Following the success of the Vietnam War drama The Boys in Company C (1978), writer-director Sidney J. Furie started planning another film set in that conflict. Again co-written with Rick Natkin, this idea turned into Purple Hearts (1984), a romantic melodrama that failed to match its predecessor at the box office or with the critics. Purple Hearts was produced by The Ladd Company, an adventurous outfit that had a string of bombs that led them to insist on lower budgets. A sampling includes: Love Child (1982), Five Days One Summer (1982), Lovesick (1983) and their biggest money loser of all, The Right Stuff (1983). They had been involved with films as wide-ranging as Body Heat (1981), Chariots of Fire (1981) and Blade Runner (1982), but their books were in the red. As reported in the AFI Catalog, Furie was given $2.8 million to make Purple Hearts, which he thought was workable by shooting the film in the Philippines, as he did on Company C. The rest of The Ladd Company's 1984 was made up of Police Academy, which became a huge hit, and Sergio Leone's Once Upon a Time in America, on which they edited without Leone's input (it lost money anyway). The company essentially dissolved in 1984 after Warner Bros. ended their partnership, though they revived in 1995 to make Braveheart. Furie aimed for intimacy this time around, focusing on the romance between Dr. Don Jardian (Ken Wahl) and Nurse Deborah Solomon (Cheryl Ladd), who are continually split up by the war. Furie had Ken Wahl in mind from the beginning of the script process but auditioned over one hundred actresses for the role of Deborah. It was Ladd's first starring role in a feature, though she had already become a TV sensation on Charlie's Angels. The Ladd Company was headed by Alan Ladd Jr., who was the half-brother of Cheryl's husband, David Ladd, who surely had some influence in the casting decision. The film opened with the following dedication: "This film is dedicated to the 347,309 Americans who received the Purple Heart awarded for wounds suffered in the Vietnam Conflict." But the war, and the soldiers, are a backdrop to the central story here, which is a circuitous love story that takes place across Vietnam as Don and Deborah are continually thwarted in finding each other. Don Jardian is a hotshot doctor who could have evaded the draft, but instead embraces his duty as a true test of skill. His path first intersects with Donna at a hospital in Da Nang, where she is working on one of his patients. Don is immediately attracted to her, but Donna keeps her distance, wary of being just one of Don's conquests. Upon return to base, Don can't get her out of his head, and he spends the rest of the movie moving heaven and Earth to get next to her again. His selfless passion eventually wins Debora over, but the war keeps getting in the way, as Don is recruited for a secret mission to free POWs, and Deborah's hospital comes under attack. Both of their deaths seem assured, but somehow their love endures. The liveliest sections of the film involve the supporting characters - like Don's vulgar doctor buddy Wizard (Stephen Lee), who brings an off-kilter energy to the film. James Whitmore Jr. (the son of James Whitmore), who was also in The Boys in Company C, pops up as an idiosyncratic squad leader who leads the rescue mission. These were the kind of colorfully detailed performances that aided Company C but get limited screen time here. Whether it was an inability to create chemistry between Wahl and Ladd, or too much of a reliance on coincidence in the plotting, Purple Hearts failed to catch on with critics or audiences. The reviewers were not kind. Roger Ebert gave the film half a star in the Chicago Sun-Times, writing, "This isn't war, this is bad plotting. And this isn't romance, it's soap opera." Janet Maslin at the New York Times wasn't much kinder, saying it has "an ending so contrived it may make your teeth ache." The box office returns didn't offer much solace either, as it took in $2,075,282, not enough to make back its budget. By R. Emmet Sweeney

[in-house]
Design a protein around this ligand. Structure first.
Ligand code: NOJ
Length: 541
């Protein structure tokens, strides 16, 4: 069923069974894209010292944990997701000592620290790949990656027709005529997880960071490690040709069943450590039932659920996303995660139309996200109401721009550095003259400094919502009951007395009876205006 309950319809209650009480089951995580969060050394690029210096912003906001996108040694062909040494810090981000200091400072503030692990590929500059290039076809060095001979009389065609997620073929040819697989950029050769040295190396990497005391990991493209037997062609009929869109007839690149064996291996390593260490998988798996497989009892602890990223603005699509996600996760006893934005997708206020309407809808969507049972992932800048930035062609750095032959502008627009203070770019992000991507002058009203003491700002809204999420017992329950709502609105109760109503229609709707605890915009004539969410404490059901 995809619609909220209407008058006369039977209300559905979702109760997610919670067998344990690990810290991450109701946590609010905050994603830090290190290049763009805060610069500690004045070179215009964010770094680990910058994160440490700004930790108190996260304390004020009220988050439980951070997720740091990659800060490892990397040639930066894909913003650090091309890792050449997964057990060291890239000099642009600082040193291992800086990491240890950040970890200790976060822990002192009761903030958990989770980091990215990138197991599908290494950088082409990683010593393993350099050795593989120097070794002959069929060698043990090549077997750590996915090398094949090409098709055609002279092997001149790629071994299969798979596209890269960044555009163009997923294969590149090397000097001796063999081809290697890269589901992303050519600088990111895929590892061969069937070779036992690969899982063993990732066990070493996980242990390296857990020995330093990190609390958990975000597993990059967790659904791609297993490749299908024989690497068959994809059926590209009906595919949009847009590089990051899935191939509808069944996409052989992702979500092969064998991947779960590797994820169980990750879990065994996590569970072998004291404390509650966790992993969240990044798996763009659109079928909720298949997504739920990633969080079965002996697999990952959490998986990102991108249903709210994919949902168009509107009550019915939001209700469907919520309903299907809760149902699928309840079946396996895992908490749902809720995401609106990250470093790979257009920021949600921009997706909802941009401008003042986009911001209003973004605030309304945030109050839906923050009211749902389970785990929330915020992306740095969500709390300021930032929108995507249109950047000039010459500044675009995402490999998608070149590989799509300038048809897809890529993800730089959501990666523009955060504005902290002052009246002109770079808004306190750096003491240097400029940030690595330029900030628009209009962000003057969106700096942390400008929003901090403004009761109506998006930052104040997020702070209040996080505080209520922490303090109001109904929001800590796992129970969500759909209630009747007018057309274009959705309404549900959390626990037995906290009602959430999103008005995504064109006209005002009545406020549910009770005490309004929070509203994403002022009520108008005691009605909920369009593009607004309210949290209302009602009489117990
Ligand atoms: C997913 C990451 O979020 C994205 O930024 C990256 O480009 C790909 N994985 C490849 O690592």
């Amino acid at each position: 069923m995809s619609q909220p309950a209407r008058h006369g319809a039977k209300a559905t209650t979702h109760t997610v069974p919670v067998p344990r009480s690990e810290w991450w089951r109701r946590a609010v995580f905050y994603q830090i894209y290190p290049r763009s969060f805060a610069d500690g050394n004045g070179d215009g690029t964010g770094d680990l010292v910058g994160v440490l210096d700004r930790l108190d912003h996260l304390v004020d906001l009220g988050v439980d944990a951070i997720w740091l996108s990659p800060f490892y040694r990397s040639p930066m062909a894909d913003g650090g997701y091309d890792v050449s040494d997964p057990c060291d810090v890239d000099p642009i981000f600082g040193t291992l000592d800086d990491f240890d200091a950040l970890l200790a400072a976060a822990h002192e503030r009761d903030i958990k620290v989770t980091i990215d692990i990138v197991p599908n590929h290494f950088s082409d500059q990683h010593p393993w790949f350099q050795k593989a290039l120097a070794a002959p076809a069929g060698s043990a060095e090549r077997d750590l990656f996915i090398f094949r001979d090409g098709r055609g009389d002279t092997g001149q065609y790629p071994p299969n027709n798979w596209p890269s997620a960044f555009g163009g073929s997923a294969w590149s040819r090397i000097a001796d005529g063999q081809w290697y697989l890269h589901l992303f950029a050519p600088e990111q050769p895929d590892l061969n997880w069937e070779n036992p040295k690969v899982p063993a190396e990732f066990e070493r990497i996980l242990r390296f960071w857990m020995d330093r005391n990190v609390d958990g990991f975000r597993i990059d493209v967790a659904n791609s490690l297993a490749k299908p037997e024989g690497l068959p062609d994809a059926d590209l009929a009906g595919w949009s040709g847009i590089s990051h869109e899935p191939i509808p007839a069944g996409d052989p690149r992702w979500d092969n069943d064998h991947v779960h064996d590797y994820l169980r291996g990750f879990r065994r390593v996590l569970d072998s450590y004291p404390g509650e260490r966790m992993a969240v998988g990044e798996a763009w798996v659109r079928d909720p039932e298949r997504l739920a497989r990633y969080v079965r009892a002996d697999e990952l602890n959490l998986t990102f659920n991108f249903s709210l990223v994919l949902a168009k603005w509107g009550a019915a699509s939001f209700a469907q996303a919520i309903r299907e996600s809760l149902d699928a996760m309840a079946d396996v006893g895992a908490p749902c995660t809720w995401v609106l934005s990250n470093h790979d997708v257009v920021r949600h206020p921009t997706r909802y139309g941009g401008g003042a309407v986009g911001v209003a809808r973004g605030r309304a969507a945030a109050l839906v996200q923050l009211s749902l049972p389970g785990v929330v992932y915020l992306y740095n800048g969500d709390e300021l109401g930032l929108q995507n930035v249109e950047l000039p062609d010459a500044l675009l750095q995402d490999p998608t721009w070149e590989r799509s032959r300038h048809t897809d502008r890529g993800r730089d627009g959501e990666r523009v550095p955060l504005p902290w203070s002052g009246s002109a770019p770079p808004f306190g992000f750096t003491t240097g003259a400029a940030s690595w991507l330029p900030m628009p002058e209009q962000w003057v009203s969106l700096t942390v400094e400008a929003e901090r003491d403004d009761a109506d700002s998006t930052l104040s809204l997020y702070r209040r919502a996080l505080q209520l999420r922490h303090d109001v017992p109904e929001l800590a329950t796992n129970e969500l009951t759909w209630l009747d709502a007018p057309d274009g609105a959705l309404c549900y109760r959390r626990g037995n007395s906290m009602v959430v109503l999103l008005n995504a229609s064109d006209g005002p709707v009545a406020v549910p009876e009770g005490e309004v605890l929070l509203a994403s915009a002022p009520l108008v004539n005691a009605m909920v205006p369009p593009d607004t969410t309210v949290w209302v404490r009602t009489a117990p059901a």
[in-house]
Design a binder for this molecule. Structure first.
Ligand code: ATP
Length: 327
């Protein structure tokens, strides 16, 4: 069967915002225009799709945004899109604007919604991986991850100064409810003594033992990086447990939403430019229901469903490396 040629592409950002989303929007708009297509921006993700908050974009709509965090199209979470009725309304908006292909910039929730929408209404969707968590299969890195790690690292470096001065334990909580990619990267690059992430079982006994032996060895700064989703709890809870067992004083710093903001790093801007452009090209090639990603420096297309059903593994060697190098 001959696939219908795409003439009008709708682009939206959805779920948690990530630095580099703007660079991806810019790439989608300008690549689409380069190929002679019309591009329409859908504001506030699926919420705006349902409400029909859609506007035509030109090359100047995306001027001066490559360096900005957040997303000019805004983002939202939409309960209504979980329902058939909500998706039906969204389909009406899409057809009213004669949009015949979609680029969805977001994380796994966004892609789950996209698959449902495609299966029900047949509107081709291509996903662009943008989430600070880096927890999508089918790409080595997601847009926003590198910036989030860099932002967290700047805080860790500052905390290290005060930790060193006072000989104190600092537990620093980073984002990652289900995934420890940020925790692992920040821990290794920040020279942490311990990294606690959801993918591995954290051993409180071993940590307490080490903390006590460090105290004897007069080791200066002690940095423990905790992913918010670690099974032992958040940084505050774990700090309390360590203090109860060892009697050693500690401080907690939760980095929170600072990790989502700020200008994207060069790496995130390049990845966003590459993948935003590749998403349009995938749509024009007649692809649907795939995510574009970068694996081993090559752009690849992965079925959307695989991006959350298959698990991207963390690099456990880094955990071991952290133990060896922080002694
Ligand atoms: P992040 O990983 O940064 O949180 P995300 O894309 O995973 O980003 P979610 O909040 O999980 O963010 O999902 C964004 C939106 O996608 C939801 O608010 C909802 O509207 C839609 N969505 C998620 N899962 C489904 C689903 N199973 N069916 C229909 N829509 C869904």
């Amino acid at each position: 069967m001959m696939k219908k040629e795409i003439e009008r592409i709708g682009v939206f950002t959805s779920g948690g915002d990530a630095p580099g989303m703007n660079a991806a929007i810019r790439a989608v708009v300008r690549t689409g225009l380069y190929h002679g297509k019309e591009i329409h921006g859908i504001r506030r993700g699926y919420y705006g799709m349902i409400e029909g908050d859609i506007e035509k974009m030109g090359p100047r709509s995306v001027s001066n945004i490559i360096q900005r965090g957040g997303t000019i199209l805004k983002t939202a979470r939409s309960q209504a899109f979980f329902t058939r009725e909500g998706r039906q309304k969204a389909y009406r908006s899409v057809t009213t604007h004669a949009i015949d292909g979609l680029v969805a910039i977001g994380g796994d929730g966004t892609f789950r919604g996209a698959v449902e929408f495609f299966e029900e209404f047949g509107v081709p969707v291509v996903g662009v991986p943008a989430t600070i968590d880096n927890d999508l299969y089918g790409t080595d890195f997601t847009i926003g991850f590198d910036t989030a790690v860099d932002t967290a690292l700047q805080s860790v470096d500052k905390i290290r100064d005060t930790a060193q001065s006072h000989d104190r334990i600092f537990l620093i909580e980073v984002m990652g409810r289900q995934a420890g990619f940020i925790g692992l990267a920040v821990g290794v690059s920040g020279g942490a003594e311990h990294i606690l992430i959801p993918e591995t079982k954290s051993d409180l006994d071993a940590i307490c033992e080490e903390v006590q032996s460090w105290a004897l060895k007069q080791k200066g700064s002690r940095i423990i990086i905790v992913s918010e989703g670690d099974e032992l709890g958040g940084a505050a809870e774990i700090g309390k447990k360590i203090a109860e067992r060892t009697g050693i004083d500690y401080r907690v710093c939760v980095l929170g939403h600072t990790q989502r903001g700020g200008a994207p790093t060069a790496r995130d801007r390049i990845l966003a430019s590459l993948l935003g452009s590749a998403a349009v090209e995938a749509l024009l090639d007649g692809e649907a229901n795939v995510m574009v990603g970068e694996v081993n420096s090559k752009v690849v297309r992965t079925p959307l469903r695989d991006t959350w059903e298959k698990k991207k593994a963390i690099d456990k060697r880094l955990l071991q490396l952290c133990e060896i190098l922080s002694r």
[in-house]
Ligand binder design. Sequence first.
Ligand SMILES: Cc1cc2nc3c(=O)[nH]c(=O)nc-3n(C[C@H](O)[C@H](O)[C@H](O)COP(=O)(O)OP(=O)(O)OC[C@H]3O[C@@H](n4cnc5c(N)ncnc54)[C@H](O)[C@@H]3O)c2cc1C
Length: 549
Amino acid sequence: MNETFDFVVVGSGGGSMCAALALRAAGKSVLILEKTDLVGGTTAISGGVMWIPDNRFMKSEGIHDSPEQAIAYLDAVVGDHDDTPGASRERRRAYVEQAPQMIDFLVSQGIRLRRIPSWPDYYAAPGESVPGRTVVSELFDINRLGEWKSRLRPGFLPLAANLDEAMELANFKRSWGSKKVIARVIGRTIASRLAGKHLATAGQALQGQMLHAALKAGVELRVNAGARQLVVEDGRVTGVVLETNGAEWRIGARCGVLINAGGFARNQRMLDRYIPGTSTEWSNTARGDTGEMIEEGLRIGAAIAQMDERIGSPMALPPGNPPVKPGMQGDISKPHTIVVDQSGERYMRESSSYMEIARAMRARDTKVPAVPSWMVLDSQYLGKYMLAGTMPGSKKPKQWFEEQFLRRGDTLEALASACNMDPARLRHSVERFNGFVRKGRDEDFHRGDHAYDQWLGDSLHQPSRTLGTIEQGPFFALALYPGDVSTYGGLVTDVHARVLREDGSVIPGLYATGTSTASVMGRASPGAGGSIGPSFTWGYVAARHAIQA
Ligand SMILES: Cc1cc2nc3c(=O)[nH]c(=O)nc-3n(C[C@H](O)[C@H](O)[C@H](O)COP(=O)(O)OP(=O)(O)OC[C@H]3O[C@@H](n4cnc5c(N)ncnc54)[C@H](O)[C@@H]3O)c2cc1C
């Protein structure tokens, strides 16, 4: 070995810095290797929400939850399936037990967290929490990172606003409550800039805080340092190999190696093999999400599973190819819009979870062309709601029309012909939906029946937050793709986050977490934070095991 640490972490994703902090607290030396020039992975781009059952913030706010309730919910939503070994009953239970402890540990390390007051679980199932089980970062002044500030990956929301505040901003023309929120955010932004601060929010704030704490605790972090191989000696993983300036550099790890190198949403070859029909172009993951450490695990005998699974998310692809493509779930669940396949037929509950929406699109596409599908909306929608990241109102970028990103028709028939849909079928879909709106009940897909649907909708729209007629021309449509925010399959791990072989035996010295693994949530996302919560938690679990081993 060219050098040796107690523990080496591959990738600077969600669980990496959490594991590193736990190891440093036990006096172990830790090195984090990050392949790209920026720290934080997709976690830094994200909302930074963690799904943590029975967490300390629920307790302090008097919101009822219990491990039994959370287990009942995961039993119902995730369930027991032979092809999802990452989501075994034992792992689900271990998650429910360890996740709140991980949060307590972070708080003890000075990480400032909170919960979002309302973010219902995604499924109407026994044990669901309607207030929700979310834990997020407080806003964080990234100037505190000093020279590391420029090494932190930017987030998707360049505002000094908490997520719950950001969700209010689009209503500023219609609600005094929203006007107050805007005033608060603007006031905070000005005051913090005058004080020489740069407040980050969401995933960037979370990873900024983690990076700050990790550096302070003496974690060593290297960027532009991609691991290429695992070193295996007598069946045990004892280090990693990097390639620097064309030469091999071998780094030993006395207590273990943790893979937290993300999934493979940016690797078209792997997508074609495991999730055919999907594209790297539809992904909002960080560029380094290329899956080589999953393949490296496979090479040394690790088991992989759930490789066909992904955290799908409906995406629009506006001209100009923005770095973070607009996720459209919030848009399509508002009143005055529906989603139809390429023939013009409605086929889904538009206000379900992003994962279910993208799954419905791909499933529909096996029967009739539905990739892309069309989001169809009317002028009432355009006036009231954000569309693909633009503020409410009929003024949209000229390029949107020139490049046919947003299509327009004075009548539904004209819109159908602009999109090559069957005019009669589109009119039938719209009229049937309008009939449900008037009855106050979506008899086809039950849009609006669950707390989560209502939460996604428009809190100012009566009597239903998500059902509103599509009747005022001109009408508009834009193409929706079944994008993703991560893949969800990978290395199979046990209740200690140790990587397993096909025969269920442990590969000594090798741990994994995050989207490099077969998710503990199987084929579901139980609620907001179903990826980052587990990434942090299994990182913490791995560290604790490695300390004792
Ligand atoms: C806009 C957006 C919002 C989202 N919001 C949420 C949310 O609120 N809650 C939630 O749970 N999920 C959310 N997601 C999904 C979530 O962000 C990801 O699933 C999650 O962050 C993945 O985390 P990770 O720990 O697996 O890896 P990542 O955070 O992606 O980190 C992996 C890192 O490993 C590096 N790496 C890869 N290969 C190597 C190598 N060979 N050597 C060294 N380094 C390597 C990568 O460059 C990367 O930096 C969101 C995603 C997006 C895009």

Lane Smith (1936-2005)